Marco Jansen showed at Centurion and the Wanderers that he is born to play Test cricket, writes MARK KEOHANE for Independent Newspapers.
Klerksdorp has produced its fair share of sporting royalty. The late Phil Masinga made his way into the world via Klerksdorp, and would play 58 times for Bafana and enjoyed success with Leeds United in the English Premier League, with Salernitana and Bari in Italy’s Serie A, and with Jomo Cosmos and Mamelodi Sundowns in South Africa.
Then there’s Australia’s top-order batting sensation, Marnus Labuschagne who, in December 2021, was rated the No 1 batter in the ICC Test batting rankings, and who in 2020 was named the ICC Men’s Emerging Cricketer of the Year, Australia’s Test Player of the Year and one of the five Cricketers of the Year by Wisden Cricketers’ Almanack.
Labuschagne, 27 years old, averages 58.67 in Test cricket.
Queensland is his home, but Klerksdorp is where it all started for Labuschagne, whose family moved to Australia when he was 10 years old.
Labuschagne has played 22 Tests and batted in 38 innings. He has scored six centuries and 12 half-centuries, which means he gets to 50 or more every second time he takes guard in a Test match. That is a super statistic.
Six years after Labuschagne took his first breath in Klerksdorp, enter Marcus Jansen and his twin brother, Duan.
Jansen in the past fortnight has introduced himself to the global cricketing audience in the most fiery way. He has bowled with heart, pace and with passion. He has taken 12 wickets in two Tests against Indian’s finest, and at the Wanderers he strode to the crease in the first innings, batting at No 7, and immediately took aim at India’s potent pace attack, especially Jasprit Bumrah, who spearheads the India attack and is one of the finest international new-ball bowlers.
Bumrah, a veteran when compared to the 21-year-old Jansen, welcomed the youngster to Test cricket with a barrage of short deliveries. Jansen took blows to the arm, shoulder and upper body, but he kept swinging and never took a step backwards or towards square leg. He stood every inch as tall as his 2.06 metres, and the quicker Bumrah bowled, the stronger Jansen’s response.
I absolutely loved this cameo of a battle, and it escalated to an even more passionate and fiery exchange when Bumrah batted. Jansen immediately went short and into the body. He struck Bumrah on the upper arm, shoulder and body.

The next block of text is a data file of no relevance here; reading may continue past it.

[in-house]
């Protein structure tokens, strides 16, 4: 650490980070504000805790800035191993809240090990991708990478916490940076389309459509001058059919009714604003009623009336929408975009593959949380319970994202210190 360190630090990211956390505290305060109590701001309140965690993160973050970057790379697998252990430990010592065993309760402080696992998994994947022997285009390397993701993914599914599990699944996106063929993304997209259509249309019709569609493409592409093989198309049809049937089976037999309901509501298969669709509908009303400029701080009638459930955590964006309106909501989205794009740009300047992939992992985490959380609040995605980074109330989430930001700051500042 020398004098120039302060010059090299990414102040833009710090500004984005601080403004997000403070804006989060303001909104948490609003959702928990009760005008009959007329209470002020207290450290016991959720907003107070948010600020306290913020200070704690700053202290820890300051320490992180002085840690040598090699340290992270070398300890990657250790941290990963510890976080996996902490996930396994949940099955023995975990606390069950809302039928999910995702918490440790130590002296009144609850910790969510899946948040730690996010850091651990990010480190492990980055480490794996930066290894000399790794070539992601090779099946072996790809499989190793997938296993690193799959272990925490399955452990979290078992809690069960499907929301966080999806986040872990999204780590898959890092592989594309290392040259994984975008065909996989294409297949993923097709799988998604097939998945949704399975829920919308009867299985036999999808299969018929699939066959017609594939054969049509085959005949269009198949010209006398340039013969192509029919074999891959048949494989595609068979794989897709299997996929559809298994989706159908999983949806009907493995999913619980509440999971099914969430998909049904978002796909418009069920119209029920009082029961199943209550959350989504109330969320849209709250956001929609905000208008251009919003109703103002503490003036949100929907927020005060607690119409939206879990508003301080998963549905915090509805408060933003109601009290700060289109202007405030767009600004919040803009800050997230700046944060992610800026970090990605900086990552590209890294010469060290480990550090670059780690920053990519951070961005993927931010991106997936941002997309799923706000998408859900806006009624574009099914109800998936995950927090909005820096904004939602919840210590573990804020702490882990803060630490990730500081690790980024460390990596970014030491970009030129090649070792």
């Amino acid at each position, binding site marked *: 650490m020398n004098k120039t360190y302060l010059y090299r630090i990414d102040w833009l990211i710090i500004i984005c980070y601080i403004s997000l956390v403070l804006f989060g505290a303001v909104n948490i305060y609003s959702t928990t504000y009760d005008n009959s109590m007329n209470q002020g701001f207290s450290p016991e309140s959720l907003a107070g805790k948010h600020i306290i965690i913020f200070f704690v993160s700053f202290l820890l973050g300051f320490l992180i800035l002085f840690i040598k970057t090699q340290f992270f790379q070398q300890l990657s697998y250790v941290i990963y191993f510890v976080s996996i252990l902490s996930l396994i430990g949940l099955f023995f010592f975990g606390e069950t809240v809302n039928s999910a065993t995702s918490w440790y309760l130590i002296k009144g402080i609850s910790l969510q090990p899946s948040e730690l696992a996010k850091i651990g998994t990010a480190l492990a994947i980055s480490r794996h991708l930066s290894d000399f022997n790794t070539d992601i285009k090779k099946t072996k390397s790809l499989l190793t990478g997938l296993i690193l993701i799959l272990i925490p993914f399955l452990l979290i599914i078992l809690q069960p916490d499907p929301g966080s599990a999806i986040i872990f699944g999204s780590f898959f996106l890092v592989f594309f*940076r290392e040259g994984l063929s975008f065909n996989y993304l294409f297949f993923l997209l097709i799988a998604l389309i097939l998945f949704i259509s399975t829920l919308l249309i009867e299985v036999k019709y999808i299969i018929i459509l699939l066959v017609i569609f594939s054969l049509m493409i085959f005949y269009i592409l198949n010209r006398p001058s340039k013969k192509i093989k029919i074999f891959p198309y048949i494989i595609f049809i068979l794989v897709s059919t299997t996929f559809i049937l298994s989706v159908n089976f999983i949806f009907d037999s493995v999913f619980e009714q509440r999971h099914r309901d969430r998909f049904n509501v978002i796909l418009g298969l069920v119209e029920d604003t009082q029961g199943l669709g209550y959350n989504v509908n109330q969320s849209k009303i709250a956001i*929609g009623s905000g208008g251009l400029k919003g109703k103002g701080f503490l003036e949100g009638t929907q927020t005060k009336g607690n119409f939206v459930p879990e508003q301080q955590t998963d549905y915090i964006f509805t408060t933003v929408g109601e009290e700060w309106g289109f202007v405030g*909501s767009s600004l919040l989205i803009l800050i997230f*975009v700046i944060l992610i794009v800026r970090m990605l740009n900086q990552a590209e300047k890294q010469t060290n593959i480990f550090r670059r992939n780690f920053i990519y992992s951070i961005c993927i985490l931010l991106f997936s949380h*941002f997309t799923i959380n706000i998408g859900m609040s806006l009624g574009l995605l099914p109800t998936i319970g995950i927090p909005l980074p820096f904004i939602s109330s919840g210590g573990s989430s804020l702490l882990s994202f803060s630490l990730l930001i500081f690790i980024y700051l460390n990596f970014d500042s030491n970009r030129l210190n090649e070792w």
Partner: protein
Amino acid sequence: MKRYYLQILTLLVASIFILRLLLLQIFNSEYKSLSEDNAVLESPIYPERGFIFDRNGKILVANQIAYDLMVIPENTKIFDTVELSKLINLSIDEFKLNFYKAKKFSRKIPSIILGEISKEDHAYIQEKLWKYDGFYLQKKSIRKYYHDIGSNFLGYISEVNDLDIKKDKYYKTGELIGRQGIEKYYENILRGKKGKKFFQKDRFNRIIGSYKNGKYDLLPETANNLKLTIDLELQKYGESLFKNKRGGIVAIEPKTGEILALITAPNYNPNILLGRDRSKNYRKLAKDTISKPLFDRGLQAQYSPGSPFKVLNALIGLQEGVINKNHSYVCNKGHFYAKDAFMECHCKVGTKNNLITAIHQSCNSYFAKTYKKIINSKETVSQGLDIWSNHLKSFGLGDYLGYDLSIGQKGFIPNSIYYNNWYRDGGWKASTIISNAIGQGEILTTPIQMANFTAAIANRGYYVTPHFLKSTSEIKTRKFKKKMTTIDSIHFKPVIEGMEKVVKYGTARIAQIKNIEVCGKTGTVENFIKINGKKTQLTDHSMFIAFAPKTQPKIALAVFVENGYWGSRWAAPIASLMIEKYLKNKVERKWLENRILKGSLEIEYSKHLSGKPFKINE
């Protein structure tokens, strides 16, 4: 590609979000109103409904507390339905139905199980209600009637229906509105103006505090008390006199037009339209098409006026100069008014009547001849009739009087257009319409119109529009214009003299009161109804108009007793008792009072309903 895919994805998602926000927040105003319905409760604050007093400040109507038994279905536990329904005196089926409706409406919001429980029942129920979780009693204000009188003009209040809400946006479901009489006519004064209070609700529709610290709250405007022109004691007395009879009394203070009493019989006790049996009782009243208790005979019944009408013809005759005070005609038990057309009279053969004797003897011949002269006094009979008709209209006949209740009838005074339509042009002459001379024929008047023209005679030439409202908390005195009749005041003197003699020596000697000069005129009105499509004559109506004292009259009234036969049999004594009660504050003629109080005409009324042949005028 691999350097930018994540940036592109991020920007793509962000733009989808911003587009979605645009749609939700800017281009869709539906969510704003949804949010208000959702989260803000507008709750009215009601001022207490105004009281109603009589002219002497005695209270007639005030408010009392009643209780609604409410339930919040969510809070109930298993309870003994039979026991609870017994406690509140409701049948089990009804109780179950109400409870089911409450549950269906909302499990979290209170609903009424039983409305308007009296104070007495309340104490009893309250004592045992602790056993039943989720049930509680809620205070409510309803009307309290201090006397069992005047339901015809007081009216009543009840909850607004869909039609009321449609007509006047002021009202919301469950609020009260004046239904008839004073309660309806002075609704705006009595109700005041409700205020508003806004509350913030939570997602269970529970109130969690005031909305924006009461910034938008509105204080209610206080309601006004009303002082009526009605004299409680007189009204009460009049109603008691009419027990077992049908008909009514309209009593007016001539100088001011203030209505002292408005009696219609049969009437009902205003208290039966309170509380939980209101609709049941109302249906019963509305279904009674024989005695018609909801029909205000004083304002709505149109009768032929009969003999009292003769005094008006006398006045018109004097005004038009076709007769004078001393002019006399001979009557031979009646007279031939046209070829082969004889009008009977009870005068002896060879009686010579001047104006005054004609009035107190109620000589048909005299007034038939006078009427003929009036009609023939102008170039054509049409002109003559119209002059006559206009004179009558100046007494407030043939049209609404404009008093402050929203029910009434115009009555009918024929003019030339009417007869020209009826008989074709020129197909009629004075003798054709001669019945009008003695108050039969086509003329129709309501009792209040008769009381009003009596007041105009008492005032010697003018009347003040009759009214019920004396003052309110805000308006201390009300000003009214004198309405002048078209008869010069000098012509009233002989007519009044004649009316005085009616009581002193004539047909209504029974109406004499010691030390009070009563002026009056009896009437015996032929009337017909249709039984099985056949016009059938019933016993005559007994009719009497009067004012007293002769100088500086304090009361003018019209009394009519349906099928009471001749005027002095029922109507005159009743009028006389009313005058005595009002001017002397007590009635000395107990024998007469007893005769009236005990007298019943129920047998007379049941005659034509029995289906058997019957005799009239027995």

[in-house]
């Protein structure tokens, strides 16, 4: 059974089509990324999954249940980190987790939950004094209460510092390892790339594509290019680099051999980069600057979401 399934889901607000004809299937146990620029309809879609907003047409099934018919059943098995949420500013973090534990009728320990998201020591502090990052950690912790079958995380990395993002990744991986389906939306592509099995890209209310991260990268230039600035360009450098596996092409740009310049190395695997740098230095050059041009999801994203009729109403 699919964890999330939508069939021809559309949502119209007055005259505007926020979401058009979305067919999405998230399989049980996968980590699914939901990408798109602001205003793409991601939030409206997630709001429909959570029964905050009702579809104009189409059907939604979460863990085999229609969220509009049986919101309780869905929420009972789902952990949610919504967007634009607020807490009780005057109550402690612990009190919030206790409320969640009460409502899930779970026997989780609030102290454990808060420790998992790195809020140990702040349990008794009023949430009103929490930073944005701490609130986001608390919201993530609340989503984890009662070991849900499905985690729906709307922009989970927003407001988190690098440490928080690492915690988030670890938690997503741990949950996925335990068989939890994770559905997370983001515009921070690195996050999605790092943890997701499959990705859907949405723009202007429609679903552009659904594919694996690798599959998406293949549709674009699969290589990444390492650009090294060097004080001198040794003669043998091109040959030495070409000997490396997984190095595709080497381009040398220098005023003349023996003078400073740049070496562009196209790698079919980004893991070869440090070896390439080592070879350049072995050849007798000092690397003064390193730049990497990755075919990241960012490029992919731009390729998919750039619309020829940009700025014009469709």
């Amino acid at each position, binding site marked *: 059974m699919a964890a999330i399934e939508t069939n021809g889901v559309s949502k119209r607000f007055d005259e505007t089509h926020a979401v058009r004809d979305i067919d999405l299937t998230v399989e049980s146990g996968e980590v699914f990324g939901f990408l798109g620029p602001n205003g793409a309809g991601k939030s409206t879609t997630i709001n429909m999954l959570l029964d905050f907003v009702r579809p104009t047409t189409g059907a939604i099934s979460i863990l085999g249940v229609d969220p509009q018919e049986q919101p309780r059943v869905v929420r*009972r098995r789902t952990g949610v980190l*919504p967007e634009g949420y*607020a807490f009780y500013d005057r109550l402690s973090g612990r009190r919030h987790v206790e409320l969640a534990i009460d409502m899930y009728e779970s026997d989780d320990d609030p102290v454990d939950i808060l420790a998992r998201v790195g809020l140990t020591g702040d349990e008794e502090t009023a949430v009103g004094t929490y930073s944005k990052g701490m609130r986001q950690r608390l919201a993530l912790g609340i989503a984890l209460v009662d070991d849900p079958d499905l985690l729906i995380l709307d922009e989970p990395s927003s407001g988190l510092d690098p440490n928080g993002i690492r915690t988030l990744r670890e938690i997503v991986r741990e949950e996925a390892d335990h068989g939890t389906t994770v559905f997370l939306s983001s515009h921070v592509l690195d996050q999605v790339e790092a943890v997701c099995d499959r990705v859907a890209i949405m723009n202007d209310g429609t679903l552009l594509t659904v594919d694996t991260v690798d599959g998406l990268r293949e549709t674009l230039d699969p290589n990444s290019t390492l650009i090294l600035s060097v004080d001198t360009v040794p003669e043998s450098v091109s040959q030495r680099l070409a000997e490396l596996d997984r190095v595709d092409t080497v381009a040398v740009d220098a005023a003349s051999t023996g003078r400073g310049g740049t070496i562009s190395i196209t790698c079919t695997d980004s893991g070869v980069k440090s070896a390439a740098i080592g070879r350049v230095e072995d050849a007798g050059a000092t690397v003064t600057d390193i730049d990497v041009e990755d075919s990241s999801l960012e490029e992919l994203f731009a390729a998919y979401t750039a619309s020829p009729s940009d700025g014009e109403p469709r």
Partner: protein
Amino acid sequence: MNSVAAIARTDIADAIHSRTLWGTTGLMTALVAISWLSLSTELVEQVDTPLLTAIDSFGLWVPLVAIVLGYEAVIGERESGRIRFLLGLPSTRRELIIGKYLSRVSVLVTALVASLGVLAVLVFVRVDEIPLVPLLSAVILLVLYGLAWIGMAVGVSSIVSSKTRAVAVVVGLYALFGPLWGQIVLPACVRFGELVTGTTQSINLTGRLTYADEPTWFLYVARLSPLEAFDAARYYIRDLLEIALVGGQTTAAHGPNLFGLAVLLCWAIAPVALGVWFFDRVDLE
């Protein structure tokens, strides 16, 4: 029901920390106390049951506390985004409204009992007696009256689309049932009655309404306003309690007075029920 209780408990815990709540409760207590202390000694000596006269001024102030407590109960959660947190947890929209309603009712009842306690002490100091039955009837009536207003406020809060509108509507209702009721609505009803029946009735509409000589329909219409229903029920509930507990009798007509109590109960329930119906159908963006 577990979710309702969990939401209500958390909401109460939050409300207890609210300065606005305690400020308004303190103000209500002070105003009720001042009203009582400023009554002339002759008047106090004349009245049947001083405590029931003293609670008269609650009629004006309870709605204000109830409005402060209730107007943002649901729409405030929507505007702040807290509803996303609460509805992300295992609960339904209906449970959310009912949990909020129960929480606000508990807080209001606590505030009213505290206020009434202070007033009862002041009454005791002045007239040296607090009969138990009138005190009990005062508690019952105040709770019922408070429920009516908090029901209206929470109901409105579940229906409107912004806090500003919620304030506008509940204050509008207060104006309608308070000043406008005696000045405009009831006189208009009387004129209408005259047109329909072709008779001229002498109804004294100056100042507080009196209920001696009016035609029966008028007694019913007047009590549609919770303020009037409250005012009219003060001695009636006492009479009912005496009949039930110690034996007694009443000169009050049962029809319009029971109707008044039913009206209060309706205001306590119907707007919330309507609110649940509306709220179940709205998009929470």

The result was a mid-pitch showdown and plenty of spicy chat.
This was Test cricket, in which two players refused to concede anything.
I absolutely loved it and I loved the fire in Jansen’s belly, his confidence and his mental strength in wanting to go toe to toe with one of the best teams in the world.
Many a pretender has promised, but never delivered in the all-rounder role for the Proteas in the past few years. To have a left-arm quick who bats right-handed and is very good in the field is gold, but add in the mental resolve that Jansen displayed at Centurion and the Wanderers and the kid is closer to platinum than gold.
Jansen, in his first two Tests, has already delivered on his promise. His impact has been immediate. He takes wickets and breaks partnerships. His lean frame could be misinterpreted as physically fragile, but there is nothing vulnerable about his heart, his head and his approach to Test cricket.
Many talented all-rounders have played Test cricket for the Proteas, but as many have failed to cope with the mental demands of the game’s highest level.
Jansen is the exception. The tougher the moment, the bigger his response.
He has shown he can bowl, but in just 20 first-class matches, his five half-centuries, which includes a career-high of 87 and an unbeaten 70 a month ago when playing for South Africa A against India A, proves he can bat.
For now, he is a left-arm fast bowler who is comfortable as a right-handed lower-order batter. In time, he will be a Test all-rounder, capable of doing damage with ball and bat.
Jansen is rare in what he offers the Proteas in terms of his cricketing gifts, but it is his mental resolve that can’t be coached. Some players are born to play cricket and others are born to play Test cricket. Jansen is of the latter elite.
Jansen, in his Test debut at Centurion, got five wickets across the two innings, including that of India captain Virat Kohli.
The significance of his bowling effort was that it put Jansen among names like Allan Donald, Lance Klusener and Vernon Philander as players to have done this on Test debut for the Proteas.
That’s pretty special company for Jansen, but not unexpected from a player who is pretty special.